Milan'em Mall is a shopping mall in K.K. Nagar, Madurai, India. It was opened on 28th September
2009 and is the first shopping mall in Madurai. Built in a half acre site, the mall has five floors with a
total area of 90,000 sq.ft.The mall has three movie theaters with a total capacity of 500 seats. The mall
has a food court in the third floor along with water zorbing for kids. The atrium of the mall is used to
host cultural events

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V Analysis and Findings:


Demographic Profile of the respondents (Table I)
The frequency and percentage on the Demographic profile of the respondents is shown in Table I.
There were 68 percent of male respondents and 32 percent of female respondents in the sample.
Majority of the respondents was found to be in the age group 21-30 years (56 %), respondents of age
groups less than 20 years (39 %) and 41-50 years (2 %) respectively. Unmarried respondents were
found to be more as in the sample accounting for nearly 82 % and married respondents were 18% of
the total sample. Regarding the educational level, graduates were the most recurring with 57%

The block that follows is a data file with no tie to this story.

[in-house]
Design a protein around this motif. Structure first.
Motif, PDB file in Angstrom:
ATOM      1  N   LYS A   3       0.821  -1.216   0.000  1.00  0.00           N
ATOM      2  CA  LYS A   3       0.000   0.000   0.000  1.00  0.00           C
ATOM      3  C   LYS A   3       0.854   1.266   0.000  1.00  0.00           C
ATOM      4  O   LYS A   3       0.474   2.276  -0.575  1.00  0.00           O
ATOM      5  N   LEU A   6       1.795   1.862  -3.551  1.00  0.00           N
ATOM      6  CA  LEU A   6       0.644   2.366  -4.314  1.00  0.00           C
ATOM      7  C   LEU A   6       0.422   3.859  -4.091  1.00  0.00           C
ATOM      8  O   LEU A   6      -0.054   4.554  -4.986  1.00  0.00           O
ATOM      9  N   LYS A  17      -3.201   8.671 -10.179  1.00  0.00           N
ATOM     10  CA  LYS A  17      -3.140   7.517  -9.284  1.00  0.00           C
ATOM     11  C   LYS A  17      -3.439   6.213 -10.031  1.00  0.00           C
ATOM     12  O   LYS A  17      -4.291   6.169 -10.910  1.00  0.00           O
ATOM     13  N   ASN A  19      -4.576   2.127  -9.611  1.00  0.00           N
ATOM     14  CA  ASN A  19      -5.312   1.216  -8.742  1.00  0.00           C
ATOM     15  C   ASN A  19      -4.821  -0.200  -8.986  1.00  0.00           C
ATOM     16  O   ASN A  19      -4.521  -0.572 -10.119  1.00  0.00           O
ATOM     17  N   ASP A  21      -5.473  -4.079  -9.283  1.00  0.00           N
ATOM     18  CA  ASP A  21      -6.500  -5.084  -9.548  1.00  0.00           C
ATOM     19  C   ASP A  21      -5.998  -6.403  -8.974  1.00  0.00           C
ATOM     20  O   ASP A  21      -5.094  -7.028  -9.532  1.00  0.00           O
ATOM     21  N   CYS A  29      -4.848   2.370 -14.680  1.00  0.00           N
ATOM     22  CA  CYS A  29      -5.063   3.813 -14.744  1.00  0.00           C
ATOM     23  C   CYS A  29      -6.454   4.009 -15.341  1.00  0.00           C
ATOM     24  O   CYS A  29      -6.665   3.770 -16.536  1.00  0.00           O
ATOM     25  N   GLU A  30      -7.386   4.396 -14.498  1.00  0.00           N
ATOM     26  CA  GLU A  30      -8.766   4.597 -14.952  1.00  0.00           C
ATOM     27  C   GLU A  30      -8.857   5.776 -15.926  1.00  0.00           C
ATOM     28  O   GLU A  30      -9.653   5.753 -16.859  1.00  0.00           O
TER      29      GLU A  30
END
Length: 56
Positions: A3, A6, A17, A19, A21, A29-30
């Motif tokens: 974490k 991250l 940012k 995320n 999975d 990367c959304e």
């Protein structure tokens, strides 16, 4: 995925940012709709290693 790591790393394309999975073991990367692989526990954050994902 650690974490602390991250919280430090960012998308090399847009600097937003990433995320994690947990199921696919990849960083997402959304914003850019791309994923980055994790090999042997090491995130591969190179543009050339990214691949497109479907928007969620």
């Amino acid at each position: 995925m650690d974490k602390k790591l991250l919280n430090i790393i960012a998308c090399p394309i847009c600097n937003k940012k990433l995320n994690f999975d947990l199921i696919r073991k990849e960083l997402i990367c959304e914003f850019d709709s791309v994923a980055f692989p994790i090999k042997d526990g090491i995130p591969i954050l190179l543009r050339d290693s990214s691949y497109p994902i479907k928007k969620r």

followed by Post-Graduation level respondents 21%. Percentage of Matriculates included in the
sample was 18% whereas only four respondents were Doctorates. According to the statistics in terms
of monthly income illustrated that major proportion of respondents were earning a monthly income
ranging below 10,000 INR (38%) followed by respondents who specified that had a monthly income
of 10,000-20,000 INR accounting for 36% of the total sample, others who followed had 20,00030,000 INR (15%), and above 30,000 INR (11%). About the occupation of the respondents, the
statistics revealed that 26 % of respondents were service professionals, 58% were students, 11% were
self-employed and a considerably low percent of respondents with 5%, fell under the category of
Others (for example, Retired, Housewives etc).
Shopping Behavior (Table II)